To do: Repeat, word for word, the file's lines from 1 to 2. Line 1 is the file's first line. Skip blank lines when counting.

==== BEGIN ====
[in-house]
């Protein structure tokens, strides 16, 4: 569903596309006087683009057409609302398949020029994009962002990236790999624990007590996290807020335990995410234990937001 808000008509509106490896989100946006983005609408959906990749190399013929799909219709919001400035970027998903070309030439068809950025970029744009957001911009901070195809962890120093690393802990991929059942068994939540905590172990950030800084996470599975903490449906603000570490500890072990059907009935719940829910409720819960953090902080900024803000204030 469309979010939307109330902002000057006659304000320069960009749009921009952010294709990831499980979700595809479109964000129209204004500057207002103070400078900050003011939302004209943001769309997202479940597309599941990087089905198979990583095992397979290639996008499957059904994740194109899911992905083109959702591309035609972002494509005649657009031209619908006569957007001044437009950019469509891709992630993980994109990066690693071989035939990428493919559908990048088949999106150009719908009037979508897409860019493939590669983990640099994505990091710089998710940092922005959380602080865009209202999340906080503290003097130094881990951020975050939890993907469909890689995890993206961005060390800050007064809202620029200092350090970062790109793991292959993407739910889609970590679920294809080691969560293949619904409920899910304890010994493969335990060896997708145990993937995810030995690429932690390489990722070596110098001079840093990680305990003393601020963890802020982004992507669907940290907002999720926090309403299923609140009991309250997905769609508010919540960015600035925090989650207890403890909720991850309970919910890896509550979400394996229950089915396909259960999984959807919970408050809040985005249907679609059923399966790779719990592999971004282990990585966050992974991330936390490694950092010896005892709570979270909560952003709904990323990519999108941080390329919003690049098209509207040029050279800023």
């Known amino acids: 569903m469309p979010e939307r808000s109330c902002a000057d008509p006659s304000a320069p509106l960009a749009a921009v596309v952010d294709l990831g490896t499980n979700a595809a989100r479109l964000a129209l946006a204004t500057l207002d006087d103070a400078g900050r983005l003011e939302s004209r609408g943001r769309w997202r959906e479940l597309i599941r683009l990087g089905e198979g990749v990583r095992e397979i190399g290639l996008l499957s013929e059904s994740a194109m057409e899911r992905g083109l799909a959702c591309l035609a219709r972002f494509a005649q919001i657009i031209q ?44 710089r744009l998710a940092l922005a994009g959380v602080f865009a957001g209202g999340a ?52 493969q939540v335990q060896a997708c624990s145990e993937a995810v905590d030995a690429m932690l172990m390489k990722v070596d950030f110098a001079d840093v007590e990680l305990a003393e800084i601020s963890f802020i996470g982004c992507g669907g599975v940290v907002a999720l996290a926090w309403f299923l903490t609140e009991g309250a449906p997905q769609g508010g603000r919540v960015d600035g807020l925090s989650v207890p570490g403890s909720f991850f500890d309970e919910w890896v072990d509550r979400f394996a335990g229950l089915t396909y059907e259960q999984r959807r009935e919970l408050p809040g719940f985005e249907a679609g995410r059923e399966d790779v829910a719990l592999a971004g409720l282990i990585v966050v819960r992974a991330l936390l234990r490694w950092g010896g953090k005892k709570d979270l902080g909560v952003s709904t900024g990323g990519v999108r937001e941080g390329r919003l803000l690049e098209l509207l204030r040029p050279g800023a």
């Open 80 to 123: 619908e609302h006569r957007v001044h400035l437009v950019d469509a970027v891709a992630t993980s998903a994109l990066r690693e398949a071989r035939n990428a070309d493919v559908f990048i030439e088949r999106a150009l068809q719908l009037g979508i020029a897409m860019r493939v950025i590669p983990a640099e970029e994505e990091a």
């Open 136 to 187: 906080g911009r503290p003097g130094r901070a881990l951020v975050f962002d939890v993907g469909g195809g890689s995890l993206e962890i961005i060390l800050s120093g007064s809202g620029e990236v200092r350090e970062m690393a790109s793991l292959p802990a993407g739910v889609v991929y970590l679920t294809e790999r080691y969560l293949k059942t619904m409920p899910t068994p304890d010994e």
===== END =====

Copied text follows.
[in-house]
């Protein structure tokens, strides 16, 4: 569903596309006087683009057409609302398949020029994009962002990236790999624990007590996290807020335990995410234990937001 808000008509509106490896989100946006983005609408959906990749190399013929799909219709919001400035970027998903070309030439068809950025970029744009957001911009901070195809962890120093690393802990991929059942068994939540905590172990950030800084996470599975903490449906603000570490500890072990059907009935719940829910409720819960953090902080900024803000204030 469309979010939307109330902002000057006659304000320069960009749009921009952010294709990831499980979700595809479109964000129209204004500057207002103070400078900050003011939302004209943001769309997202479940597309599941990087089905198979990583095992397979290639996008499957059904994740194109899911992905083109959702591309035609972002494509005649657009031209619908006569957007001044437009950019469509891709992630993980994109990066690693071989035939990428493919559908990048088949999106150009719908009037979508897409860019493939590669983990640099994505990091710089998710940092922005959380602080865009209202999340906080503290003097130094881990951020975050939890993907469909890689995890993206961005060390800050007064809202620029200092350090970062790109793991292959993407739910889609970590679920294809080691969560293949619904409920899910304890010994493969335990060896997708145990993937995810030995690429932690390489990722070596110098001079840093990680305990003393601020963890802020982004992507669907940290907002999720926090309403299923609140009991309250997905769609508010919540960015600035925090989650207890403890909720991850309970919910890896509550979400394996229950089915396909259960999984959807919970408050809040985005249907679609059923399966790779719990592999971004282990990585966050992974991330936390490694950092010896005892709570979270909560952003709904990323990519999108941080390329919003690049098209509207040029050279800023």